When we step back and take in the big picture, we see that the course Bill Gates and Microsoft has taken over the last two decades has largely been reactionary. Sure, Gates can throw around words like "innovation" and "state of the art" but rarely does that innovation actually come from Microsoft. Bill Gates has been very good at keeping his eyes open to new trends, jumping right on top of them and taking control. He did it with the personal computer, he did it with the graphical OS and, after almost missing the paradigm shift, he saw it in the internet. But, if I may paraphrase Ian Malcolm from Jurassic Park, "it didn't take any discipline on Microsoft's part to make these products. Gates read and saw what others were doing and he took the next step (sometimes backwards). They didn't earn the knowledge for themselves so they don't take any responsibility for what are often third rate products. They stood on the shoulders of geniuses to accomplish something as fast as they could and before they had products that were even worth buying, they packaged it, slapped it in a shrink wrapped cardboard box and sold it!"
There's nothing wrong with competition. Competition is healthy. It breeds innovation and offers customers a choice. Competition in the style of Richard Branson and the Virgin Group is an excellent example of profitable and healthy competition. Branson knows that he'll never beat British Airways with Virgin Air. He knows he'll never beat Coke or Pepsi with Virgin Cola or any other major product that he adds his own spin to. He does it in the pure spirit of competition. He does it to keep the big guys on their toes. But when the object of competition is to drive others out of business, even when it means delivering an inferior product by whatever means necessary, then that company has moved beyond competition and into the unfair and unethical realm of a monopoly.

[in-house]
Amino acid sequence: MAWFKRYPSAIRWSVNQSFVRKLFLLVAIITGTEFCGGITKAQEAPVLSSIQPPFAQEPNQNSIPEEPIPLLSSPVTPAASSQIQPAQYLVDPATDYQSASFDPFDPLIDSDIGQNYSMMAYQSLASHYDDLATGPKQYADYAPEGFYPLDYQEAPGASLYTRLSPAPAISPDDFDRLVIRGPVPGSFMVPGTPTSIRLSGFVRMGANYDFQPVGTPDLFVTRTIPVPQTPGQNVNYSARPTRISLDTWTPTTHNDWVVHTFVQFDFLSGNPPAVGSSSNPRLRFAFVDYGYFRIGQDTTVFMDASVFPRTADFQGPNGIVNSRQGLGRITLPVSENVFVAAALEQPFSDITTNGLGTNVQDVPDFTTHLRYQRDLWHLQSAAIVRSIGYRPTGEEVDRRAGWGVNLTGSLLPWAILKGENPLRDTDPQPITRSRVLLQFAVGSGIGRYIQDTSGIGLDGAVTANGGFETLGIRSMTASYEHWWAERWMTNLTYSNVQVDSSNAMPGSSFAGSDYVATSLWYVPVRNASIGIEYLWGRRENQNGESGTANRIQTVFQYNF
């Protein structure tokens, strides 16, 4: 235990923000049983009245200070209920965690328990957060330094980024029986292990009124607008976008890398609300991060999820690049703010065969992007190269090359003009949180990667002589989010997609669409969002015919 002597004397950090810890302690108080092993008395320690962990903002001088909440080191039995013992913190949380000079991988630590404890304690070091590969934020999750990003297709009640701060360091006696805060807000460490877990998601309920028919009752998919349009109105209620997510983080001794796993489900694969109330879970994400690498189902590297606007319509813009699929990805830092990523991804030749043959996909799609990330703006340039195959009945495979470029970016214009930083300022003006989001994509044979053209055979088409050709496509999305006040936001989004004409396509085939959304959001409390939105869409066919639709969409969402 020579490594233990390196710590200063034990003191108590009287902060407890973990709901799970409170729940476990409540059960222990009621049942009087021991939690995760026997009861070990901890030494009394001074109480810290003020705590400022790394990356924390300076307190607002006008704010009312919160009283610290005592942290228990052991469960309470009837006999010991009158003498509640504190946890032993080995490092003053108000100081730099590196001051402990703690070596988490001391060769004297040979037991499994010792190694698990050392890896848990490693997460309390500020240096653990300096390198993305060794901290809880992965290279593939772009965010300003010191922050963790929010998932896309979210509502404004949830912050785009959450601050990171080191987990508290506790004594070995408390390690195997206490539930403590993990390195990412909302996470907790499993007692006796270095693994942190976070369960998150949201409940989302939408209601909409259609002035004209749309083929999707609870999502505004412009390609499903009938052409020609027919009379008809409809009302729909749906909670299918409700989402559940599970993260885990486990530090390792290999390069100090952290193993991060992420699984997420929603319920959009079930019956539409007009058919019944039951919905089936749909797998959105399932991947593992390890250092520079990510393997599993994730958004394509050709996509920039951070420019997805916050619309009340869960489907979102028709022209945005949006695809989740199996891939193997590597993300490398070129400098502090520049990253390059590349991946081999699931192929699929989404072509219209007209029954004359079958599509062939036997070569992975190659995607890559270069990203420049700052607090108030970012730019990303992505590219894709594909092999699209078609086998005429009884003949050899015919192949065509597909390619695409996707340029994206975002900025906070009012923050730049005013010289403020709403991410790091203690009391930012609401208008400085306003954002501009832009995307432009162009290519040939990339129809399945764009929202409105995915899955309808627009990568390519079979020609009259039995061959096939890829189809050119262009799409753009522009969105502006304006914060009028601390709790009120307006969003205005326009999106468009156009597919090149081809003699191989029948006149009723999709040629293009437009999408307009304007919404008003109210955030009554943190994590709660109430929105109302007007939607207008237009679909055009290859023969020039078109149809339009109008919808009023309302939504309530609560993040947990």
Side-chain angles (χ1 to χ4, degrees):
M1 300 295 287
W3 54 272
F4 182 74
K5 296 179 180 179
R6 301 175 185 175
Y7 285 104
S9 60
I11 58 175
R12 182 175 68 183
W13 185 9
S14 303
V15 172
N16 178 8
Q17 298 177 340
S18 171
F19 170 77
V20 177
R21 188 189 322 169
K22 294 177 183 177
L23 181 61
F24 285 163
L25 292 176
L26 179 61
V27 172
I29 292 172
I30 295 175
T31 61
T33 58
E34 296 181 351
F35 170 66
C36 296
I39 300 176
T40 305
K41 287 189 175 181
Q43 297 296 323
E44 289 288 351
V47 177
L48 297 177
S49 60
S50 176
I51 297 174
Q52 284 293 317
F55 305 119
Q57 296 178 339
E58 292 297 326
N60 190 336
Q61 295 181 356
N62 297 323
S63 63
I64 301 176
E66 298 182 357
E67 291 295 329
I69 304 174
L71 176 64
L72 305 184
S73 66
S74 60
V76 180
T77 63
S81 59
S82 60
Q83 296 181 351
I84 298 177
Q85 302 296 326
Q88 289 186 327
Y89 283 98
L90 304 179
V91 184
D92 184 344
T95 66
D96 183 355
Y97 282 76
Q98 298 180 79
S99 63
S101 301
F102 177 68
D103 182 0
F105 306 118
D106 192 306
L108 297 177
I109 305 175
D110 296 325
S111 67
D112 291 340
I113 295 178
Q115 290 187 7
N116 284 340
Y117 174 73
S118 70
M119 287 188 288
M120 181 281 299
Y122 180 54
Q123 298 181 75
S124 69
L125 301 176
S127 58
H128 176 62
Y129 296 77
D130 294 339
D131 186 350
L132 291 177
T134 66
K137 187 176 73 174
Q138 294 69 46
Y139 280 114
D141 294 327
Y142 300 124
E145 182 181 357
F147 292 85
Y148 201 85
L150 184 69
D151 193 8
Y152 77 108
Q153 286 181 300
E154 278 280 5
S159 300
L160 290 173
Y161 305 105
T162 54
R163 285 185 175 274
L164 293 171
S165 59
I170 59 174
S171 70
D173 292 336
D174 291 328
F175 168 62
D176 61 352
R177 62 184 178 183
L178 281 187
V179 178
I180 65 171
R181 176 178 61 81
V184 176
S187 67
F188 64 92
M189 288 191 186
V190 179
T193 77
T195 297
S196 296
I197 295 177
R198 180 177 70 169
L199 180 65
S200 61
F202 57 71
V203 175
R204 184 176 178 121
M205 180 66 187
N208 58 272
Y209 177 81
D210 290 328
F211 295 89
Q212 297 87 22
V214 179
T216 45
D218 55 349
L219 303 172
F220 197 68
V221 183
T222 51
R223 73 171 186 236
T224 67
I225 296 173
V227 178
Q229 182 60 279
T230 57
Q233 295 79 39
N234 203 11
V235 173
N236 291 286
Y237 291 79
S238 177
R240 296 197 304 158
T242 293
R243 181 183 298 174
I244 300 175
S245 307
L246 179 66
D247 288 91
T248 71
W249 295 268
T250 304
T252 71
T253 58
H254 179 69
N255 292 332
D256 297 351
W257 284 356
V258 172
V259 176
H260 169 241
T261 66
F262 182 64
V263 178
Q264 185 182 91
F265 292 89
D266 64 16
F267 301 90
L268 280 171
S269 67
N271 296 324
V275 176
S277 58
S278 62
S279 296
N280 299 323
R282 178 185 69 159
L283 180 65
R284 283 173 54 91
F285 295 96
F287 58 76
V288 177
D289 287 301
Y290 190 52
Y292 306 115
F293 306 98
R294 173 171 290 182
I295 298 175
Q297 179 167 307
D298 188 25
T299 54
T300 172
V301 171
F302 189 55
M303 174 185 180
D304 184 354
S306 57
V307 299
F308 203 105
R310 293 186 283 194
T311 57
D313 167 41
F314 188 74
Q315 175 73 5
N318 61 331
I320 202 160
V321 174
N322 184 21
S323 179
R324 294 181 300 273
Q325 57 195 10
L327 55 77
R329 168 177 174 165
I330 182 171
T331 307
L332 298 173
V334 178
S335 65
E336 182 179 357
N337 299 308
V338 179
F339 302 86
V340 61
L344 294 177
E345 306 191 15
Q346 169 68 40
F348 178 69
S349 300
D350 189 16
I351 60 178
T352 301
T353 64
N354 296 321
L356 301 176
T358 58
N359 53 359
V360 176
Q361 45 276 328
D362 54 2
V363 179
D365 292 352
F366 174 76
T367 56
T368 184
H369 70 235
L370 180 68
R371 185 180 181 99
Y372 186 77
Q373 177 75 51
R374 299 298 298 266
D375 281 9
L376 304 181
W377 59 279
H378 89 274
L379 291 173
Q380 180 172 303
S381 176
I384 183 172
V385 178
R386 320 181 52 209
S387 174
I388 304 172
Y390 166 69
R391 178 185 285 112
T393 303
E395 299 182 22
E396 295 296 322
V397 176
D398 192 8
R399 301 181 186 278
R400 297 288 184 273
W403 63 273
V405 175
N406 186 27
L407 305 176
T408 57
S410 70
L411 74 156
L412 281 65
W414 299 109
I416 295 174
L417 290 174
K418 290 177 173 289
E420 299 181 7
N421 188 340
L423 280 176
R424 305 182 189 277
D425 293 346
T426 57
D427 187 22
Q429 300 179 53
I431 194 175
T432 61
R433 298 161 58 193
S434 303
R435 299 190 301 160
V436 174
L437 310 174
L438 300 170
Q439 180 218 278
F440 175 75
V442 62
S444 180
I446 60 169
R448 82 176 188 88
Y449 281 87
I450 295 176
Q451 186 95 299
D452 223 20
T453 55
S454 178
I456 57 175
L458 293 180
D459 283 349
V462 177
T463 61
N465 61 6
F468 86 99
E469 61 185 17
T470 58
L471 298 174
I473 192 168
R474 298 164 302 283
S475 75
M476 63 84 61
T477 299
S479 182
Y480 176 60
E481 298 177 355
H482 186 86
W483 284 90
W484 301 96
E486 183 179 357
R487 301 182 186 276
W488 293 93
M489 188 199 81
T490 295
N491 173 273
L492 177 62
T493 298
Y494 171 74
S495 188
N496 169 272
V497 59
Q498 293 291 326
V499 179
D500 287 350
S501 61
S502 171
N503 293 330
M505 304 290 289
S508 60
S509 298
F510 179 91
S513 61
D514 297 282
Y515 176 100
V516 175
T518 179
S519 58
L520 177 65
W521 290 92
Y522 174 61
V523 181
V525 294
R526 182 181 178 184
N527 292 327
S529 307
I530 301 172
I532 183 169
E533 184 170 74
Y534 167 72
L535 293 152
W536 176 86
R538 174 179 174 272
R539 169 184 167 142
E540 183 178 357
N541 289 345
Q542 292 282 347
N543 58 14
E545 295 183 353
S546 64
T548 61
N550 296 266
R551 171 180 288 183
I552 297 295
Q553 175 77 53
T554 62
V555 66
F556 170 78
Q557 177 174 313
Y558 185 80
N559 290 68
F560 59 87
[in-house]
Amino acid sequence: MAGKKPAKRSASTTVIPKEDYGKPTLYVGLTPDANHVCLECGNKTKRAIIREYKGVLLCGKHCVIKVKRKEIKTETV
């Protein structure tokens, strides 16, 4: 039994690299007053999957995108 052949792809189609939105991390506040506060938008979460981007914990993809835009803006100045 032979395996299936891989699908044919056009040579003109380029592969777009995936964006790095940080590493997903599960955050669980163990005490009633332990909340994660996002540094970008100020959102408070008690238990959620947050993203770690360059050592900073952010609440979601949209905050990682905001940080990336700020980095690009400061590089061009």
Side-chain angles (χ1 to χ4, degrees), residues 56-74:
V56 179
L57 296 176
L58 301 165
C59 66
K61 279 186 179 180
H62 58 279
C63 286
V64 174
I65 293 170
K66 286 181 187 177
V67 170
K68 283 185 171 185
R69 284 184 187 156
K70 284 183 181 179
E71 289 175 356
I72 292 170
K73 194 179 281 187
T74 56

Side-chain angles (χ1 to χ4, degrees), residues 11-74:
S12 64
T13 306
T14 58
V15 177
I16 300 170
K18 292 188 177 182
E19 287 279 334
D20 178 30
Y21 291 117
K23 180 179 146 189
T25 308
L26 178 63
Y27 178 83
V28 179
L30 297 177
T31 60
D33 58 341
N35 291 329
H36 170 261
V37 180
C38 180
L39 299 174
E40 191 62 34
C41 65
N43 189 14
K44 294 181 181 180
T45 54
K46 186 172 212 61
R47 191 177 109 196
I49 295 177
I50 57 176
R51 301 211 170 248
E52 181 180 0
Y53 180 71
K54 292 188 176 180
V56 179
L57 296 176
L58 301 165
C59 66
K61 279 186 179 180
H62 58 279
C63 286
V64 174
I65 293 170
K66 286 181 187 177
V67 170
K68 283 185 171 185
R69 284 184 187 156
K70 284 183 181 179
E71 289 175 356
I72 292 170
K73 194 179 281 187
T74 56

Microsoft's actions over the last several years have caught the attention of the United States Department of Justice. Especially in its attempts in trying to control the Internet. It unfairly used its market position as the dominant OS vendor to force computer resellers to use its web browser, Internet Explorer, over Netscape's Navigator. Microsoft's defense for this action, "Internet Explorer is not a program. It's a feature of the Windows operating system." Meanwhile, everyone who is running Internet Explorer on a Macintosh or Unix based computer is asking, "How is Internet Explorer on my machine a feature of an operating system I don't even use?"
By calling Microsoft an "Innovative company," Bill Gates does a great disservice to the real creators that inspired him. On the subject of innovation, Microsoft is a company that holds a total of 417 patents. Is that a lot? In the high tech industry, no! Apple Computer holds over 800 patents. IBM holds the world record in patents numbering in the tens of thousands. When it comes to innovation, Microsoft is small potatoes and Bill Gates is really nothing more than a clever showman. He needs competition to keep giving him new ideas. He needs Netscape, he needs Apple and he needs that unknown programmer working in a garage coming up with the next big thing because Bill Gates isn't clever enough to come up with it himself.
Gates, Bill. The Road Ahead . Penguin Books USA, Inc., New York, NY
pp. 1, 17, 53, 54, 59
Linzmayer, Owen W. The Mac Bathroom Reader . SYBEX Inc., Alameda, CA
pp. 60, 69, 247, 264
Wallace, James and Erickson, Jim. Hard Drive : Bill Gates and the Making of
the Microsoft Empire . Harperbusiness, New York, NY,